WHO labels new Covid strain, named omicron, a ‘variant of concern’, citing possible increased reinfection risk

The Pfizer-BioNTech Covid-19 vaccine will be distributed in Montreal, Quebec on November 24, 2021.

The Greek letter omicron was assigned to a new variant of Covid in South Africa.

The strain was recognized by the U.N. health agency as a variant of concern.

Health experts are concerned about the transmissibility of the omicron variant because it has an unusual constellation of mutations and a profile that is different from other variant of concern.

The WHO's technical lead on Covid-19 said in a video that Omicron is a variant of concern because it has some concerning properties. The variant has a large number of mutations and some of them have worrying characteristics.

It is feared that a large increase of Covid cases in South Africa's Gauteng province could mean that it has greater potential to escape prior immunity than other variant. The number of omicron cases appears to be increasing in almost all of South Africa's provinces.

When Covid strains are more transmissible, more virulent or more resistant to public health measures, they are labeled as a variant of concern by the organization. The data presented at the South Africa Department of Health on Thursday indicates that some omicron's genes are connected with improved resistance to vaccines.

The presentation at the briefing said that certain mutations could make omicron more contagious, while others haven't been reported yet.

The WHO said in a statement that preliminary evidence suggests an increased risk of reinfection with this variant.

Global markets fell into a tailspin on Friday after the designation of a new variant of concern and mounting alarm from health officials. Travel and leisure stocks took a big hit on the news.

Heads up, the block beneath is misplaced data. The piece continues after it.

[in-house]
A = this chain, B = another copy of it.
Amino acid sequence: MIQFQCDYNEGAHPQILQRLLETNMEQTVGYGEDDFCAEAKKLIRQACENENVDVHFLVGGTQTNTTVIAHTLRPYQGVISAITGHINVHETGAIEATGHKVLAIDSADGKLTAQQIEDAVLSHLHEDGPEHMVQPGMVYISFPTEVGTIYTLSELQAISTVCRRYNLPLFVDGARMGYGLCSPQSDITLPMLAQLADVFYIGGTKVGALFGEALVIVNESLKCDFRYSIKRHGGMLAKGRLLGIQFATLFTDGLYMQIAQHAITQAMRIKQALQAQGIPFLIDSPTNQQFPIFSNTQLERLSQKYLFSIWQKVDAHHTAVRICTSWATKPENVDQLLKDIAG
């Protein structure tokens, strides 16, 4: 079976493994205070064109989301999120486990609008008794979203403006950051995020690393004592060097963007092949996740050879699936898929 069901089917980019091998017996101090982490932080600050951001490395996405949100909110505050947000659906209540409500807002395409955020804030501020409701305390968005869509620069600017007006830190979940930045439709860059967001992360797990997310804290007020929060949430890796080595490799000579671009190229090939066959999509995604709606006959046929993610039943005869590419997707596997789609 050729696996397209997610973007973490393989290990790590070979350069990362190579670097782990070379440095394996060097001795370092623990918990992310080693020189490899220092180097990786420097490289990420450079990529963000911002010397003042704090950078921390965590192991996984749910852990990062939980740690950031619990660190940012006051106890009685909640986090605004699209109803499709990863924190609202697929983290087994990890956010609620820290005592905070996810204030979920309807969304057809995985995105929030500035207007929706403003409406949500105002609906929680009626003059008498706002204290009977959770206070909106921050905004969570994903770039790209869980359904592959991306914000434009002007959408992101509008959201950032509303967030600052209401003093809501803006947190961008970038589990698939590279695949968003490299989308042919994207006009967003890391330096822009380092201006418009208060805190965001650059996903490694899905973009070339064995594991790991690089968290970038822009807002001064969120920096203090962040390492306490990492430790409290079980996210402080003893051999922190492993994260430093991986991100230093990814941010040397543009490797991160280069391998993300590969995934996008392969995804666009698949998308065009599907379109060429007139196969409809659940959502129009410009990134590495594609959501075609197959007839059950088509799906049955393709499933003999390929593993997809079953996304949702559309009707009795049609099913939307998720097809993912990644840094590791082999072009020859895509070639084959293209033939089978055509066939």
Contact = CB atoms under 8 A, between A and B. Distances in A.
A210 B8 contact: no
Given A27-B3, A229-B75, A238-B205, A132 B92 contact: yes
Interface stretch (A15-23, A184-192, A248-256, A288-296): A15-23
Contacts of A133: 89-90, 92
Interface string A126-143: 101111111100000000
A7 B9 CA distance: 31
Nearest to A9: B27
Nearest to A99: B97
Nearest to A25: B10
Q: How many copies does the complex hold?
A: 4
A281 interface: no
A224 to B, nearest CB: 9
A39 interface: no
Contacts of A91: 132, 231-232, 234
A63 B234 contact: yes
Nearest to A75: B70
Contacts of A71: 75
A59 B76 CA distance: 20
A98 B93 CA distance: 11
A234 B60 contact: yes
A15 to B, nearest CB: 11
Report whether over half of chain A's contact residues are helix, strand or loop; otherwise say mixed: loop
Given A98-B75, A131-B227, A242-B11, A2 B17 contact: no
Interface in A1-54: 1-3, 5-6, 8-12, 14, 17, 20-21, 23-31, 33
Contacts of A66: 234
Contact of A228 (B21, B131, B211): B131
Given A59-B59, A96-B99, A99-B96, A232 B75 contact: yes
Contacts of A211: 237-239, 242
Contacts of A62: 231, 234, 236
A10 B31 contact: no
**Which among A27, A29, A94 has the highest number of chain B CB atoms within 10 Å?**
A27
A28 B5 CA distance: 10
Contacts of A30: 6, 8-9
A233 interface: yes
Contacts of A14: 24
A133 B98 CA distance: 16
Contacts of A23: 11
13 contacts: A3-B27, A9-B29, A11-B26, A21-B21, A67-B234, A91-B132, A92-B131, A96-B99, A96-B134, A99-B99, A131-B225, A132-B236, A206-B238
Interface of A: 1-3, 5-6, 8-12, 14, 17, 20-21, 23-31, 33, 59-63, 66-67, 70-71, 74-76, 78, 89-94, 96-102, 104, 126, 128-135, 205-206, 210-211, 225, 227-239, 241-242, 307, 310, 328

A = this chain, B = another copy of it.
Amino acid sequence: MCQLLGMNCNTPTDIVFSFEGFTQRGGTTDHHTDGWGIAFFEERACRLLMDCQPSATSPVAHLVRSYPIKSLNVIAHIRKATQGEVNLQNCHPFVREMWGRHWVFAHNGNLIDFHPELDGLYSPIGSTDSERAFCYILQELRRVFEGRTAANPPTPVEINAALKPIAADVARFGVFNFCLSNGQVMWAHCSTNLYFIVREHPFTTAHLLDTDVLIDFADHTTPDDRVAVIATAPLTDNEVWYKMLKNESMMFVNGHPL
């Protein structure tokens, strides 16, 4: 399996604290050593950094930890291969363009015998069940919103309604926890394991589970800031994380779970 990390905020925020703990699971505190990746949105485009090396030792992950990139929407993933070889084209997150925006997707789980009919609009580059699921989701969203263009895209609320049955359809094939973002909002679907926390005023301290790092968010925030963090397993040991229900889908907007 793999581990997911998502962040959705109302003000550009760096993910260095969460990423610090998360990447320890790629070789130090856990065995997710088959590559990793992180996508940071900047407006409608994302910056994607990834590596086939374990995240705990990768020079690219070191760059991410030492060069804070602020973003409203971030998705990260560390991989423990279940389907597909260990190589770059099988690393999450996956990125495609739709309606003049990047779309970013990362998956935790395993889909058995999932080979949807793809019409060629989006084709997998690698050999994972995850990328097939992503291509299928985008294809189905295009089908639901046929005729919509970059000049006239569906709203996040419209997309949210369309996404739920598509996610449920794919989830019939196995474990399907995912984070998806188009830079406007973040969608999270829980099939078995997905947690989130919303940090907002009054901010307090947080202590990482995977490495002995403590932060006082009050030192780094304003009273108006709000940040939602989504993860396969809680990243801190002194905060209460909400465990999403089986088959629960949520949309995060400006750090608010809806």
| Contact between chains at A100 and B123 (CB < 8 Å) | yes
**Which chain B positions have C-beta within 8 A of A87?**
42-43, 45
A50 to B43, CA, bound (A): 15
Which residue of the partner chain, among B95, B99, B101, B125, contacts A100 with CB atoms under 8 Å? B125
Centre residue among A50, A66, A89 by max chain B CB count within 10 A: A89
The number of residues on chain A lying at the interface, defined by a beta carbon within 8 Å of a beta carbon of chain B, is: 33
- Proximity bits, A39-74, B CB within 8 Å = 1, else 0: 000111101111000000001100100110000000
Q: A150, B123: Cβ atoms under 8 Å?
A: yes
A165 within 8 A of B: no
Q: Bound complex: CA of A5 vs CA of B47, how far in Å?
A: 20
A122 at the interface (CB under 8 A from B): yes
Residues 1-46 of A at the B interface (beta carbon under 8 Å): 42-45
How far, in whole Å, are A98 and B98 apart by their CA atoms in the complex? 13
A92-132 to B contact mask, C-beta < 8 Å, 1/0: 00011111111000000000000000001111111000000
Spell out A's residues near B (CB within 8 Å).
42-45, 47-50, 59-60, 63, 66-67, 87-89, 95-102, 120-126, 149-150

It will take weeks for WHO to understand how the variant may affect diagnostics, therapies and vaccines.

The omicron variant contains around 50 different changes, but more than 30 of them are in the spike protein, which interacts with human cells prior to cell entry, according to a South African scientist.

The delta Covid variant, which spread rapidly earlier this year to become the dominant strain worldwide, has only two mutations, but the part of the virus that first makes contact with our cells has 10.

The chance to genetically evolve is the result of this level of mutation, which most likely came from a single patient who couldn't clear the virus. The hypothesis was proposed for the alpha Covid variant.

There is a lot of work being done in South Africa and other countries to better understand the variant in terms of transmissibility, severity, and impact on our countermeasures. There is little information so far.

In South Africa, around 100 omicron variant genomes have been identified. The variant has been found in several countries.

Health officials say that many of the omicron variant's genes are linked to increased resistance to the vaccine and may affect how the virus behaves with regard to inoculation, treatments and transmissibility.

People wait at an airport.

Sharon Peacock, professor of public health and microbiology at the University of Cambridge, said that there are two ways to go about it.

It is better to go hard, go early and go fast, and apologize if you are wrong, than to take an academic view that we need to reach a tipping point in evidence before action is taken. The rapid spread in South Africa could be due to a variety of factors. Peacock said there are enough red flags to assume the worst and take a precautionary approach.

The European Union, the U.K., Israel and Singapore are some of the countries that have imposed travel restrictions on southern African nations.

The WHO has warned countries against imposing travel restrictions quickly.

The U.K.'s decision to take precautionary measures seems to have been rushed as even the WHO is yet to advise on the next steps, according to the South Africa's foreign ministry.

CNBC's Elliot Smith contributed to the report.